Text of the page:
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Maya: Deformation Smoothing Using cMuscleSystem

It’s common within production to smooth out rough or glitchy deformations, or get rid of seams in deformer influence, using some sort of averaging approach. The cMuscleSystem deformer in Maya provides a very simple way of doing this.

1. THE AIM

I want to quickly throw together a basic mouth rig for the gruff cowboy character below, and there is no time to finesse influence weighting:

cowboy_overview

2. STARTING OUT

The smoothing approach works with any sort of pre-existing deformation setup. In this example, I will use a skinCluster. To start with, I will quickly lay out some floating joints (the one appearing under the eye is actually in the centre of the head):

joint_layout

Next, I will perform some very rough block-weighting:

rough_weights

As you would expect, moving a joint results in rather garish deformation:

rough_deform

2. SMOOTHING OUT THE DEFORMATION
  1. Before applying the cMuscleSystem deformer, keep all your pre-existing deformers as-is but make sure your model is in non-deformed, default pose. (Whatever approach you use, deformation averaging happens relative to a geometry state usually defined at the outset.)
  2. Next, switch to the Animation menu-set and select Muscle > Skin Setup > Apply Muscle System Skin Deformer:

menu_cmd

  1. If you are applying the deformer on top of a skinCluster, you may get the dialog box below. Just click ‘No’.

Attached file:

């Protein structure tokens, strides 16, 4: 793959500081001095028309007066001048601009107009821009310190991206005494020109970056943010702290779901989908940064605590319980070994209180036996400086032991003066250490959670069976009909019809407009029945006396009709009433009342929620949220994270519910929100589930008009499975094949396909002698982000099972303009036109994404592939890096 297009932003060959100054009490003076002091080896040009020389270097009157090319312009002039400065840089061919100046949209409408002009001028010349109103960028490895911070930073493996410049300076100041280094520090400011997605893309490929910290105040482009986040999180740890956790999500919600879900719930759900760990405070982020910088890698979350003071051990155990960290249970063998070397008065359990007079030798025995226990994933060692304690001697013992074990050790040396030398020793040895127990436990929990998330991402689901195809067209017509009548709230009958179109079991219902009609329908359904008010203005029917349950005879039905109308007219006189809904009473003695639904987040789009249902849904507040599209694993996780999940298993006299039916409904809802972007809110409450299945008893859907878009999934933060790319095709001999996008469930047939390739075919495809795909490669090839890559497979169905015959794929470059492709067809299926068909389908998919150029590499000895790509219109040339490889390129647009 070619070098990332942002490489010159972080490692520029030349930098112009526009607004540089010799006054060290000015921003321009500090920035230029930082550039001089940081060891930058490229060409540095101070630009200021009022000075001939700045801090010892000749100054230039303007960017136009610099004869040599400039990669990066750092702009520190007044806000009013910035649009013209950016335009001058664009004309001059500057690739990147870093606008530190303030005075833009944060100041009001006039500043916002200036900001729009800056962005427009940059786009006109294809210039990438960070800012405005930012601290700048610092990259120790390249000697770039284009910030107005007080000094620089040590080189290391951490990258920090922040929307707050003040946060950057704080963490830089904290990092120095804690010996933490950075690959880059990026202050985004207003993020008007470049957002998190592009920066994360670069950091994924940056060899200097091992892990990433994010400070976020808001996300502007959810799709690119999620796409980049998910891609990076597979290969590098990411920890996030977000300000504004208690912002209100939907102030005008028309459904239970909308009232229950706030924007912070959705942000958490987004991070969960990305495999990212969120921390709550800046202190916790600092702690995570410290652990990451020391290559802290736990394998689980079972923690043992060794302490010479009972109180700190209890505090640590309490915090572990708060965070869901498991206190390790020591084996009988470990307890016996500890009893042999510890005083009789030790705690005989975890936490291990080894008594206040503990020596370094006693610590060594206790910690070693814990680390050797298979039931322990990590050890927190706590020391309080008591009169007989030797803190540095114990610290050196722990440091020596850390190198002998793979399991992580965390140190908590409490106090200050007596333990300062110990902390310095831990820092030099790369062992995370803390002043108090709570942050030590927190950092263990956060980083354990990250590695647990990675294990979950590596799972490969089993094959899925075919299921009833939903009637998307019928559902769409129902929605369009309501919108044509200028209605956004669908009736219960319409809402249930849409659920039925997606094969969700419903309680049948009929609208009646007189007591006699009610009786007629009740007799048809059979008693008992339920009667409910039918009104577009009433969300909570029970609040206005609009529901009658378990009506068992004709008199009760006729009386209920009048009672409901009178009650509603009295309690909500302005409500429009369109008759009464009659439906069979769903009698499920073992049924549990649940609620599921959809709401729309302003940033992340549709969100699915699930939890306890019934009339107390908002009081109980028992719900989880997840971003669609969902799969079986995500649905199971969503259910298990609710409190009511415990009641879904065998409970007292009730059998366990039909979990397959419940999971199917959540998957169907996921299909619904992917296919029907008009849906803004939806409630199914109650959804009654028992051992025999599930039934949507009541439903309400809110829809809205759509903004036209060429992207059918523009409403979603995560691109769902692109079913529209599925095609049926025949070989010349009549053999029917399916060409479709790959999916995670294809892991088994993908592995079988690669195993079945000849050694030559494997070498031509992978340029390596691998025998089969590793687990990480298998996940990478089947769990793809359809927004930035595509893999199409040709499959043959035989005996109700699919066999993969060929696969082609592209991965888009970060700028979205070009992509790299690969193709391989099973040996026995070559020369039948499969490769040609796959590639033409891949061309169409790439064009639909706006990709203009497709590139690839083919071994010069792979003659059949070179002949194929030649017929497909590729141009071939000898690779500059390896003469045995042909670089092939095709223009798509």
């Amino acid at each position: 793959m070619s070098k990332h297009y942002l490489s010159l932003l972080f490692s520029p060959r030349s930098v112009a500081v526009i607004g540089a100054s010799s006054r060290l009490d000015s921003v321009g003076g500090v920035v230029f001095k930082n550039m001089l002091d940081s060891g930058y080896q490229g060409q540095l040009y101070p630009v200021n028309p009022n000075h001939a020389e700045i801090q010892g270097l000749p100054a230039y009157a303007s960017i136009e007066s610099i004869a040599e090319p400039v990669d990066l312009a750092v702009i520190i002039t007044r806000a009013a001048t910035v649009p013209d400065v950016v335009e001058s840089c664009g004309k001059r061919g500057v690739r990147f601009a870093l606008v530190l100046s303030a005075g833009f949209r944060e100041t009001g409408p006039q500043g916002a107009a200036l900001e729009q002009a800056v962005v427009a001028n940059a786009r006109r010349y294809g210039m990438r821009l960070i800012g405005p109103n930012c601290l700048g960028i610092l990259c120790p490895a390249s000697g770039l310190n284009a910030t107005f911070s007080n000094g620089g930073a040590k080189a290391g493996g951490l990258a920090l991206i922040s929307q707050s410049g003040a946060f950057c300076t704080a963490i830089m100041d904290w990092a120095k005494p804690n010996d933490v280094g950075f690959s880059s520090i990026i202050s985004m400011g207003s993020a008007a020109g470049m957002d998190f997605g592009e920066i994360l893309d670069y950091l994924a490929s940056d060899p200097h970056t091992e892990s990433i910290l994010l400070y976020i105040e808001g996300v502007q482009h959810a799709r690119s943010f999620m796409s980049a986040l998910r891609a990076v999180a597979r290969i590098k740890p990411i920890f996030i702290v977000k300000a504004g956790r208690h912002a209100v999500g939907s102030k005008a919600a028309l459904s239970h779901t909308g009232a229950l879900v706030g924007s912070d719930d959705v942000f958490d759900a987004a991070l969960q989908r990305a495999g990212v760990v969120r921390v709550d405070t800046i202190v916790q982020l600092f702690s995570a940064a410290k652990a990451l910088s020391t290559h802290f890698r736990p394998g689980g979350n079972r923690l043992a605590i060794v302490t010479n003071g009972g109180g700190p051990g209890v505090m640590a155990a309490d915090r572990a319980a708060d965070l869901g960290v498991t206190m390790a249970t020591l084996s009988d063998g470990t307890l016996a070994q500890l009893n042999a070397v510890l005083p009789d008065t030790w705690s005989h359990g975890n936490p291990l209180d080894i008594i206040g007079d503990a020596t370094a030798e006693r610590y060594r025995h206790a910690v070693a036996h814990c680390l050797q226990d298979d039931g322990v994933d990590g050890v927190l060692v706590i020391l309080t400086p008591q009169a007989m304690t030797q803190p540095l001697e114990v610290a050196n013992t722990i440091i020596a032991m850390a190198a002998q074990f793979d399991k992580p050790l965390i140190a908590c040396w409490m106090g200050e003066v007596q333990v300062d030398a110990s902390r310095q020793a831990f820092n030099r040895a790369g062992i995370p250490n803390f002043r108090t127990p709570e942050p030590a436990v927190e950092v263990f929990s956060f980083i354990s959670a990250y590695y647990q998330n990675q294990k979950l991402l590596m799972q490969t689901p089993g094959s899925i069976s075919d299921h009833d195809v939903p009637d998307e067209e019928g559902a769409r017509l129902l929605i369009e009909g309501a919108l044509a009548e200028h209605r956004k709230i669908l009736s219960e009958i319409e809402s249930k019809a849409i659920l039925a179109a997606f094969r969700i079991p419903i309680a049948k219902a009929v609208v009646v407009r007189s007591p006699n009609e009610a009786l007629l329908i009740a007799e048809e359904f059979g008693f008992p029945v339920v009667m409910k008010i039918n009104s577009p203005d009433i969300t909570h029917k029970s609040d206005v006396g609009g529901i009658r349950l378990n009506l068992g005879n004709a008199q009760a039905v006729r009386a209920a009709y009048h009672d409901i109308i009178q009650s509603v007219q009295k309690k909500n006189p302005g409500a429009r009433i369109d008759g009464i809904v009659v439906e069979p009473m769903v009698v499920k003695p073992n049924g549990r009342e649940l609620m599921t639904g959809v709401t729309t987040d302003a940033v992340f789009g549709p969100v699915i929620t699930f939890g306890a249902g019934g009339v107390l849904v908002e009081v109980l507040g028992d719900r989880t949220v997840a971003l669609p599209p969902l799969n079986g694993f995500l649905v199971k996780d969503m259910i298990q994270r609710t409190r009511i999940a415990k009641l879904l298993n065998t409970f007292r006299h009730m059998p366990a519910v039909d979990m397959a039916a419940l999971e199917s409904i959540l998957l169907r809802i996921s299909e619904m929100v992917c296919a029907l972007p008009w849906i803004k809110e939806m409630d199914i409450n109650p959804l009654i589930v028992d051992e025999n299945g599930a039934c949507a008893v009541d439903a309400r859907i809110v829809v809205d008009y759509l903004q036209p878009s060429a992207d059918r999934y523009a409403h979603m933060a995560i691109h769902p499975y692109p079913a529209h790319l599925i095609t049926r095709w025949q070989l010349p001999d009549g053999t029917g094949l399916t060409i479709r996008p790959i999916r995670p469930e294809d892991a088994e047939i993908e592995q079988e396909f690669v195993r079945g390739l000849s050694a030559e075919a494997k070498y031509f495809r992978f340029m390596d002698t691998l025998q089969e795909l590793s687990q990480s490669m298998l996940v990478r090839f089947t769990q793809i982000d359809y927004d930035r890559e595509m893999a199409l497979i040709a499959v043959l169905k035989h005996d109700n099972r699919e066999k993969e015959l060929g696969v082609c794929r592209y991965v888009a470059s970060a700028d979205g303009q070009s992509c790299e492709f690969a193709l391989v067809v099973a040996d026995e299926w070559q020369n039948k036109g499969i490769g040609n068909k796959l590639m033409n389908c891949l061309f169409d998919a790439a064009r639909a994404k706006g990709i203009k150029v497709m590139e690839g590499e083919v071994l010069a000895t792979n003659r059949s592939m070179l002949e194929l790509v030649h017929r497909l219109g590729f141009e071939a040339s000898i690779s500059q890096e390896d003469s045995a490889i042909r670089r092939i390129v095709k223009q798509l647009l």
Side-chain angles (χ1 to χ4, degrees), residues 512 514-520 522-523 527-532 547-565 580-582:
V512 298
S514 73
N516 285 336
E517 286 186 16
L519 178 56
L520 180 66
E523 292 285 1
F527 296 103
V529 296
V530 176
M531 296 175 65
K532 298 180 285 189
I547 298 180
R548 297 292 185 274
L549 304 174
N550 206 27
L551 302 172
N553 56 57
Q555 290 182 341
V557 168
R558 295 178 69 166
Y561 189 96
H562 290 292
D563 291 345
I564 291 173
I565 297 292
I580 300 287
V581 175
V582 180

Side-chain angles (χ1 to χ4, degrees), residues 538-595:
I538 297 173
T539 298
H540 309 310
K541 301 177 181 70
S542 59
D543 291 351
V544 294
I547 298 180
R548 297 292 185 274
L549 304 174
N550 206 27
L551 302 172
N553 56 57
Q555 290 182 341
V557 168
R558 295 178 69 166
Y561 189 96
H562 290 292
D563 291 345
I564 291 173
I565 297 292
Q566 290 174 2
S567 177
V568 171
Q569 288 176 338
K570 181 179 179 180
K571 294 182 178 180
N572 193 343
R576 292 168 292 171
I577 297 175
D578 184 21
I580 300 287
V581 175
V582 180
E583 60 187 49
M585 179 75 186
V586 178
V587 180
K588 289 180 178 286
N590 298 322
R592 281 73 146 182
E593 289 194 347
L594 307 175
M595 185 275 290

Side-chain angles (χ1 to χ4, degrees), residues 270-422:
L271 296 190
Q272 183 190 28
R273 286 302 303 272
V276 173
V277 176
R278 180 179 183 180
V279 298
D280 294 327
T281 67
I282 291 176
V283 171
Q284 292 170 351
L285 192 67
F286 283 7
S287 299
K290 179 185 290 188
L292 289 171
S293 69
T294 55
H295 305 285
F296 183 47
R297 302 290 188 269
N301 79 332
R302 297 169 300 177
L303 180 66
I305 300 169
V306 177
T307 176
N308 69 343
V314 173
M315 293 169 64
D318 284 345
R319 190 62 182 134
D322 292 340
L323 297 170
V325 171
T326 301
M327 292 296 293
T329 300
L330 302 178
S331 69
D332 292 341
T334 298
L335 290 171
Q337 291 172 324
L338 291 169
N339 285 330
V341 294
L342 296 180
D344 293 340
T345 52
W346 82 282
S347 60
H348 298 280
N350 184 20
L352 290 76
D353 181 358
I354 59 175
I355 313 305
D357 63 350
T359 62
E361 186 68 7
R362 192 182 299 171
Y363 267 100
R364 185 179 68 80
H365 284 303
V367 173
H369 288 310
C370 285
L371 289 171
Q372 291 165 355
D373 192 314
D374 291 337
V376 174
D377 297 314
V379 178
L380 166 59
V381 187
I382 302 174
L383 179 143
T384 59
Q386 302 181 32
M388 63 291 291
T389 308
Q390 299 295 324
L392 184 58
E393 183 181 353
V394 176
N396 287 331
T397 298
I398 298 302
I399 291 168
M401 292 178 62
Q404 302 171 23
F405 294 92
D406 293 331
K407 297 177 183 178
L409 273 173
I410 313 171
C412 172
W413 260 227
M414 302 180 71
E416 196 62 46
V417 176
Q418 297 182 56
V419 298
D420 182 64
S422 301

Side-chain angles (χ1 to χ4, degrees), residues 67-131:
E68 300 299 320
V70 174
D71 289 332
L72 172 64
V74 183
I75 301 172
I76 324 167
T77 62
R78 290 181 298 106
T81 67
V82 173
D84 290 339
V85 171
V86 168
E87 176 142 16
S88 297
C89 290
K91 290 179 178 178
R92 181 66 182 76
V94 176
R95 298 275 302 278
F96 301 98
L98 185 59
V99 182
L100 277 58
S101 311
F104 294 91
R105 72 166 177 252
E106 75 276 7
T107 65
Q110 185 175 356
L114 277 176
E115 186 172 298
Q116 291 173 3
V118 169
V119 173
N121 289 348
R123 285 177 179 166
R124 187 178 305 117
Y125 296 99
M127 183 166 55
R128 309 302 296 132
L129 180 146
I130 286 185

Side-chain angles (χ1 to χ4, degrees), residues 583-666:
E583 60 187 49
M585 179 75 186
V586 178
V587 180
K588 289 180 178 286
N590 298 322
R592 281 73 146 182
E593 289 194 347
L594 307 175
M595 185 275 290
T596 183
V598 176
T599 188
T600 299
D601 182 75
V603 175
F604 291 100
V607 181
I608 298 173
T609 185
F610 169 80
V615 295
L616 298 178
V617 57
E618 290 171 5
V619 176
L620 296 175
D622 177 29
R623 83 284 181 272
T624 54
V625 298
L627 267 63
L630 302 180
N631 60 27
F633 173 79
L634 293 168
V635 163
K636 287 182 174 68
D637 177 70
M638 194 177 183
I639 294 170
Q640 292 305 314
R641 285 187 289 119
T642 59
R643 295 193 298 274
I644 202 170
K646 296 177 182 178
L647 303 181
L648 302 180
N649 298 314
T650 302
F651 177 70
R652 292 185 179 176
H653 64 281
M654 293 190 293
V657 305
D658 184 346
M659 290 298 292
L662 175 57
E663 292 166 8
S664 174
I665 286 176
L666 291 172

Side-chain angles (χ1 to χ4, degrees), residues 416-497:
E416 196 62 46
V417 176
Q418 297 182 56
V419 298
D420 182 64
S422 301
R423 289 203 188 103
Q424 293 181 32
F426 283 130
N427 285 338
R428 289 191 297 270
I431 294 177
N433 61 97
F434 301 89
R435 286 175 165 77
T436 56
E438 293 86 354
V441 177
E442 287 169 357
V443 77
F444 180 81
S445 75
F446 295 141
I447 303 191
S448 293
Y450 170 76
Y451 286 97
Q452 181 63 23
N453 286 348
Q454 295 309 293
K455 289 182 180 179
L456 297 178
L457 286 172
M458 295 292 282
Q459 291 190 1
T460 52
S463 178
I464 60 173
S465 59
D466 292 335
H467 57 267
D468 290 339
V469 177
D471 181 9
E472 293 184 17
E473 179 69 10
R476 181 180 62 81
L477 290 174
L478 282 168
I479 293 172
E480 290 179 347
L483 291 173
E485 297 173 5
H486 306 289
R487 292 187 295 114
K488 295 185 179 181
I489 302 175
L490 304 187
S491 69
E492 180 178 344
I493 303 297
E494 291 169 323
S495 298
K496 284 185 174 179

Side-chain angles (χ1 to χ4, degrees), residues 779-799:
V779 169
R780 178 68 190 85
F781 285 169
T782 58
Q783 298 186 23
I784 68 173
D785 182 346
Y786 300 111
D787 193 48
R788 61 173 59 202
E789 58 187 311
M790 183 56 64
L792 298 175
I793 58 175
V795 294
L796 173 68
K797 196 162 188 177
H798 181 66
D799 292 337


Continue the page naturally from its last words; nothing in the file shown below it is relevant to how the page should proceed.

reldef

  1. Maya will think about it for a while, and eventually slap a cMuscleSystem deformer on your geometry. Select this deformer and display its Attribute Editor. Scroll down to find the ‘relax’ options section. Switch ‘relax’ on, and set the iterations to something high, like 40-60:

muscle_opts

  1. Now, when you move / pose / deform the model using the underlying deformers (in this example, the mouth joints), you will see that the deformation has been smoothed out:

ms_result

  1. Experiment with the ‘relax’ iterations to hit a good balance between performance and smoothing.
  2. Experiment with the ‘Smooth Compress’ and ‘Smooth Expand’ options to get pseudo-volume-preservation behaviours at extreme poses.

You can achieve a similar result using a combination of polyAverageVertices and a wrap deformer. Here’s what to do:

  1. Reserve a copy of your original geometry.
  2. On the rigged geometry, apply polyAverageVertices several times at full iterations, until the rigged model looks like a melted waxwork.
  3. Wrap the copy of the original geometry to this ‘waxwork’ and hide the rig geometry.
  4. When you pose the rig, you will notice that deformations are now smoother.

The wrapping stage is necessary in order to maintain overall shape and volume as deformations are smoothed.